Recently I´ve heard again that old truth that the only way of getting more in life is to appreciate what we have. It has always made a lot of sense to me. How could we possibly receive more if we are not able to value what we have on hand now?
    It´s like in an old tale of two brothers; one is very rich and one is very poor. The poor brother finally gets fed up with his utmost misery and seeks out his Destiny to ask her for as much money as his brother has. His Destiny begins her first offer with almost the same sum of money as he requires for himself. Suprisingly, the poor man isn´t satisfied and so and she gives him a new offer, now a bit lower. This play continues until he gets where he was at the outset. His obvious inability to appreciate what he is granted so generously, makes him the same miserable, embittered person again. I recall this fairy-tale from the childhood and ever since it has had a lasting impression on me. Probably because sometimes I can easily recognize myself in that discontent brother.
    P.S.: I noticed there are more people following your blogs who are into shamanic practices relating to prehistoric cave art. I don´t know how accesible it is to everybody but just for sure: on Monday, 8 August, 3:40 a.m. of the Europian time, Arte TV station broadcasts a documentary called Astronomers from Lascaux: It looks rather interesting, the French ethnologist and astronomer Chantal Jegues-Wolkiewiez derives the beginnings of a prehistoric astronomy from wall paintings in Lascaux. She maintains that a cave man painted his knowledge of stars and the whole universe in the form of animals on walls. I can´t watch it because I´ll be “out of civilization” for a while but it would be a pity if somebody seriously interested in cave art and shamanism would miss it. For further information go to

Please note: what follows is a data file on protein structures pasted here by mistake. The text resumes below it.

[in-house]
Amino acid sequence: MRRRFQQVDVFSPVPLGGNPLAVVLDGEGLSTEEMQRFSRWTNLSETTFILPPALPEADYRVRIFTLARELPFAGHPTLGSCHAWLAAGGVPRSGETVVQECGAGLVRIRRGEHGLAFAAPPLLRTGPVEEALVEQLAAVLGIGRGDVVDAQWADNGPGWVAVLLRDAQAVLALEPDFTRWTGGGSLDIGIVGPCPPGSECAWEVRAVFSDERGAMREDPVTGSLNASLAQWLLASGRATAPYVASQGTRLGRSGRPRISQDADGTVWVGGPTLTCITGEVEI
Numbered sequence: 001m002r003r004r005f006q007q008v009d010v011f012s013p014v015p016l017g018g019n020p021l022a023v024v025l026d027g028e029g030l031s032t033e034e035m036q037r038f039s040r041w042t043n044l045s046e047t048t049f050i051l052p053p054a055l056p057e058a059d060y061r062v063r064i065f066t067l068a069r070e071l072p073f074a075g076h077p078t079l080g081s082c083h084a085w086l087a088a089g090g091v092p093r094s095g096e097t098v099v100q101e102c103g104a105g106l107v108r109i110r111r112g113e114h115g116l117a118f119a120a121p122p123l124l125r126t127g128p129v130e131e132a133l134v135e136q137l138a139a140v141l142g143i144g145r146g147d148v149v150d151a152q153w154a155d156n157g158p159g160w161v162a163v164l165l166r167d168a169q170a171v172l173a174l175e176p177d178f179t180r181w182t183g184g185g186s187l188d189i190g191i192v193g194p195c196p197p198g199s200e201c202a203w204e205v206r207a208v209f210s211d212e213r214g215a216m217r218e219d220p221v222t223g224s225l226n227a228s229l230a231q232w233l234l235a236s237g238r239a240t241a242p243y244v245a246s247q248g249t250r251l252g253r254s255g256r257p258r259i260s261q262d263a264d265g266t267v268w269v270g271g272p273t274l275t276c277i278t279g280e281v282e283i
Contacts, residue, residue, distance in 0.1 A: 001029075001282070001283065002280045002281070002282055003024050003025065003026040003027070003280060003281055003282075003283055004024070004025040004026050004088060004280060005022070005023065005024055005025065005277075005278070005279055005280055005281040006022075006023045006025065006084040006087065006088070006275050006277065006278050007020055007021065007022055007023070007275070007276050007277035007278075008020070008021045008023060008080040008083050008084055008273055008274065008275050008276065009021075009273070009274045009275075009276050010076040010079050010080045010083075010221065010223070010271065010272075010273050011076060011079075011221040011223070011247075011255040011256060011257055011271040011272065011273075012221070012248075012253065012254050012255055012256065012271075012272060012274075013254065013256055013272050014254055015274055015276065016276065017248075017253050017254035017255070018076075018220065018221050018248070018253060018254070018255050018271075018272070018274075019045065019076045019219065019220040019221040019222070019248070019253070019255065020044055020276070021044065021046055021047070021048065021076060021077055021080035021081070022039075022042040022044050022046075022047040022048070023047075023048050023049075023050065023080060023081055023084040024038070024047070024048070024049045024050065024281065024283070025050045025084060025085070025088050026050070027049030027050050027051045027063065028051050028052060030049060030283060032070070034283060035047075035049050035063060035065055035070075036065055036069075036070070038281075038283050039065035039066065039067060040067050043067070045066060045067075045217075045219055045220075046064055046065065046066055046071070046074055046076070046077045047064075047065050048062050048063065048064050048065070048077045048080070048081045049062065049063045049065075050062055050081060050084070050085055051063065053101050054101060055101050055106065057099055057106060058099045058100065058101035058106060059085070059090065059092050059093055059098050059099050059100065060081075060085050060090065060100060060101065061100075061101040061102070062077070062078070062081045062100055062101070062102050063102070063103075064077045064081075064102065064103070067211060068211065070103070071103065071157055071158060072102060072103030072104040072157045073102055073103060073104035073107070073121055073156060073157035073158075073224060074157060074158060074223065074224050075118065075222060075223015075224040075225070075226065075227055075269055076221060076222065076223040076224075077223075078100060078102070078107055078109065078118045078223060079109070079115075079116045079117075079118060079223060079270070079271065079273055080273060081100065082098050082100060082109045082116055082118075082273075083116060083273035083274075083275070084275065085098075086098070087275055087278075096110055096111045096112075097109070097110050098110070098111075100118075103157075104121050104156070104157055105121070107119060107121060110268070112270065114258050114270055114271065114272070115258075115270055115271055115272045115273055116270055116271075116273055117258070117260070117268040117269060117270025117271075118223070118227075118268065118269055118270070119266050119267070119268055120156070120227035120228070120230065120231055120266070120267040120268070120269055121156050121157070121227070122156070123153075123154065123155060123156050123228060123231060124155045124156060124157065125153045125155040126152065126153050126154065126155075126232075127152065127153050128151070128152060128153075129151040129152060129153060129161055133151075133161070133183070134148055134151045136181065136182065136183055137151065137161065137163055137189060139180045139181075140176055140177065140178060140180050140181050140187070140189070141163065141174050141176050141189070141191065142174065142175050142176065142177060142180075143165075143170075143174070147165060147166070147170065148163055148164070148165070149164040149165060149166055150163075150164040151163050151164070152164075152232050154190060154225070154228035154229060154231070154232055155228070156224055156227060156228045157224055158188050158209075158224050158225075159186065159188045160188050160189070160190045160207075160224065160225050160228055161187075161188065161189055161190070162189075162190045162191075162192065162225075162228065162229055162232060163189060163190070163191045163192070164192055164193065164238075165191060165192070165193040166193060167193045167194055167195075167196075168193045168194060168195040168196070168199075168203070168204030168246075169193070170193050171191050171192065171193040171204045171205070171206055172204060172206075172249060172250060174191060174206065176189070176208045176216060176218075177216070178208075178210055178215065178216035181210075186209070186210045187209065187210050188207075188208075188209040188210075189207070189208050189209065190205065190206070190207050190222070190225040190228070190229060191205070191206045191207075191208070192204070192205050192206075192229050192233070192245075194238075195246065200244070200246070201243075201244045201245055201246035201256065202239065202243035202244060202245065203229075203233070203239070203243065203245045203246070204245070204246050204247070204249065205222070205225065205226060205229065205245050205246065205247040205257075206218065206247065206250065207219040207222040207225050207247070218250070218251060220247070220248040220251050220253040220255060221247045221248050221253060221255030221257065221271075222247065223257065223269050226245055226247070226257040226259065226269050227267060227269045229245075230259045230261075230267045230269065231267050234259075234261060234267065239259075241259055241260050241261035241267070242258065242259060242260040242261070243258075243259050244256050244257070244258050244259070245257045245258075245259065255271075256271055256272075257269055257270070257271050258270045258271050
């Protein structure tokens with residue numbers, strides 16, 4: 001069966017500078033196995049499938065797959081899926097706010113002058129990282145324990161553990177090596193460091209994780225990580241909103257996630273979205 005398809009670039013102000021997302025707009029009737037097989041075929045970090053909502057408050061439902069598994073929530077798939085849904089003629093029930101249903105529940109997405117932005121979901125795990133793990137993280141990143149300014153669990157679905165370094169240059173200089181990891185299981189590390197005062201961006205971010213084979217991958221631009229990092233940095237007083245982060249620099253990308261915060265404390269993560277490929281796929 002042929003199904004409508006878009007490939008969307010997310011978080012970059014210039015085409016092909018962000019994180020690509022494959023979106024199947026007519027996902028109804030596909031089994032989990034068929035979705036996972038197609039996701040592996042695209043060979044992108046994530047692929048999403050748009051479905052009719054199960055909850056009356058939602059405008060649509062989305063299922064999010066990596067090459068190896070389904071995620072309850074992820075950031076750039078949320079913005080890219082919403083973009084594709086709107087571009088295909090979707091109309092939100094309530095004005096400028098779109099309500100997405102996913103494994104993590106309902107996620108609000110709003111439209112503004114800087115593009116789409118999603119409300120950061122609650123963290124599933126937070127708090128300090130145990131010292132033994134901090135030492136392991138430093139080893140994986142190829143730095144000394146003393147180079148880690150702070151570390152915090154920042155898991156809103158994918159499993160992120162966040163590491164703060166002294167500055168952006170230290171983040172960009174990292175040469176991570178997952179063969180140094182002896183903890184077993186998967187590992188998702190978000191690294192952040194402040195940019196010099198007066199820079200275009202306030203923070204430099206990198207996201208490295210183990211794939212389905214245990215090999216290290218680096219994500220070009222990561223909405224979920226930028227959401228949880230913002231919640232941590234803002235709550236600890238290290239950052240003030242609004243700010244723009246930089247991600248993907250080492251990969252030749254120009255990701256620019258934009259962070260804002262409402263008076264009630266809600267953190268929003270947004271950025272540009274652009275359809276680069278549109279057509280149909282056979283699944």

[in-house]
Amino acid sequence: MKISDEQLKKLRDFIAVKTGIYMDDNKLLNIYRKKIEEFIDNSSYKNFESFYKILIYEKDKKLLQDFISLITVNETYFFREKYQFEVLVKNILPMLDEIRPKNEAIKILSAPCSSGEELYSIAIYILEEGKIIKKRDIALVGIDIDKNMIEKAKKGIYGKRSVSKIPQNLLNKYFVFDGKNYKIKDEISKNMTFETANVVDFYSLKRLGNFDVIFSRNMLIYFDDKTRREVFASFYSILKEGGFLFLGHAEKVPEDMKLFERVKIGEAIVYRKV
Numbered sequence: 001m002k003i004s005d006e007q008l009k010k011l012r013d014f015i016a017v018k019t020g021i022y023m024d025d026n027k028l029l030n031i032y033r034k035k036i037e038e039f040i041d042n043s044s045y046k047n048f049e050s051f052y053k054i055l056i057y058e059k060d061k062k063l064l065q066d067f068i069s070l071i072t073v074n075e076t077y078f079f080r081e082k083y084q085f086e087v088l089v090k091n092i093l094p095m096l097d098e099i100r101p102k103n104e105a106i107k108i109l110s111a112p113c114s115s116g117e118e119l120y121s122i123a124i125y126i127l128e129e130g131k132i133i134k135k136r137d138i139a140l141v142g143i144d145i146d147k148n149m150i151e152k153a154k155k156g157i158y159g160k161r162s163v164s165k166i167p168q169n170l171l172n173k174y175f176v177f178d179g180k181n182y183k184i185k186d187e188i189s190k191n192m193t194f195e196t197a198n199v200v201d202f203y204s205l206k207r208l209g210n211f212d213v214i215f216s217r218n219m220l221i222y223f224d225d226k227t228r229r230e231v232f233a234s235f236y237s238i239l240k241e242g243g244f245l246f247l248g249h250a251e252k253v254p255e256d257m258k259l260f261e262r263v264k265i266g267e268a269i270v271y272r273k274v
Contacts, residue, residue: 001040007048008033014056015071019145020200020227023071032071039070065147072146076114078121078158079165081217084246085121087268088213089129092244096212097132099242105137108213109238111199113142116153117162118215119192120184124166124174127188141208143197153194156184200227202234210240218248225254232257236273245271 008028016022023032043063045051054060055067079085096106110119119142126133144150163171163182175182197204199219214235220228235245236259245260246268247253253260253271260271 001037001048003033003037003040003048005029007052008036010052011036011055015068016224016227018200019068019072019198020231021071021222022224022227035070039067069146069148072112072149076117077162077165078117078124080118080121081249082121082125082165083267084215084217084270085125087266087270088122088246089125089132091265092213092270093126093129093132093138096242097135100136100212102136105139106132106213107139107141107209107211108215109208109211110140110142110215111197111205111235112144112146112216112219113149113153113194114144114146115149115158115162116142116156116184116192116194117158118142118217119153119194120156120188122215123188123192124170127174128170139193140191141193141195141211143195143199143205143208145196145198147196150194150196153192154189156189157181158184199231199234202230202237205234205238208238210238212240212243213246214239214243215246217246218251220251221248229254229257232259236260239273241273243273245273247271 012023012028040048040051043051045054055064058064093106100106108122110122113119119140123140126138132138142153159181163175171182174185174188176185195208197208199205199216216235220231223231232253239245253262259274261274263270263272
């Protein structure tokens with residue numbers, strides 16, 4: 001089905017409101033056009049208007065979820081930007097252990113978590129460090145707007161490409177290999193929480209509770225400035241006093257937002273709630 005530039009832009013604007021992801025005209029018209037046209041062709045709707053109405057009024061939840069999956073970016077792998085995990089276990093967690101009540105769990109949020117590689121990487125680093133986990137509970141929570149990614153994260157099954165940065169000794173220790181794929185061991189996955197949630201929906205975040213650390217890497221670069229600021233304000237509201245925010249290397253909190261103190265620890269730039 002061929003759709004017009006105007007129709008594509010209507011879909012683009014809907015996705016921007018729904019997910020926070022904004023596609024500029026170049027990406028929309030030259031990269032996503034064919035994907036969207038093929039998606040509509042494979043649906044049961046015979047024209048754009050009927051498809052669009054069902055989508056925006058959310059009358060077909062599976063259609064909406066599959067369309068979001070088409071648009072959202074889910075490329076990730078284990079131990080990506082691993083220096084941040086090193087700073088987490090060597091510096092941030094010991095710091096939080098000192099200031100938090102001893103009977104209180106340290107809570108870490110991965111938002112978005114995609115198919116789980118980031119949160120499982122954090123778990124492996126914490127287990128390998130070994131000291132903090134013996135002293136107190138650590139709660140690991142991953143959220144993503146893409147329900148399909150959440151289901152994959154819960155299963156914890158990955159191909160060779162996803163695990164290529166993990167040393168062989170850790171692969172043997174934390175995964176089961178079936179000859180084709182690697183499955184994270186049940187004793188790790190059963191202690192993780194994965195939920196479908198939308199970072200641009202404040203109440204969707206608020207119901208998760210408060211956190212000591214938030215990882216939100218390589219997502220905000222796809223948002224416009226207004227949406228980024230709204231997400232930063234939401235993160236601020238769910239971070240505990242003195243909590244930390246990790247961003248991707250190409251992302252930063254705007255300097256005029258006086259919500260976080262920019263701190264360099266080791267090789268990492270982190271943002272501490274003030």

Thank you very much for advocacy of dream fragments and all that matters in life.

  • http://AddaURLtothiscomment diane bonds

    Thank you for championing wispsand stray images. My dreams have led me to believe they are worth more than many an epic sequence of actions. Over the last 6 weeks or so I have often awoken with a sense of having dreamed such epics, only to have most memory of the action unravel. An image or single action, however, remains and it is almost always in some way resonant or numinous, full of possibility or suggestiveness–finding a key thought lost, having two pots of green paint in front of me on table, two wheels spinning like bicycle wheels. Rather than feel cheated, I feel gift-ed. It is almost as if my psyche is not only producing the dreams but separating the wheat from the chaff for me.

    • Robert Moss

      Diane – That is exactly the right attitude to adopt towards dream fragments. They, too, are gifts. By accepting them, those who think they are bereft of dreams can begin to open to the treasure house of the night, while those who are sometimes encumbered by such a mass of dream detail that they can’t see through it can be guided to clear direction and action.

  • http://AddaURLtothiscomment Mike

    This supportive attitude toward dream fragments is one of the most helpful and practical tips I’ve picked up from my Robert Moss bookshelf.

    I used to be disappointed by fragments without “plot” but now the fleeting image fragments are like I-Ching hexagrams, resonant with meaning and are fulfilling as a source of meditation. The fragment can become an emblem of value with its own fullness of feeling.

    Thanks, Robert!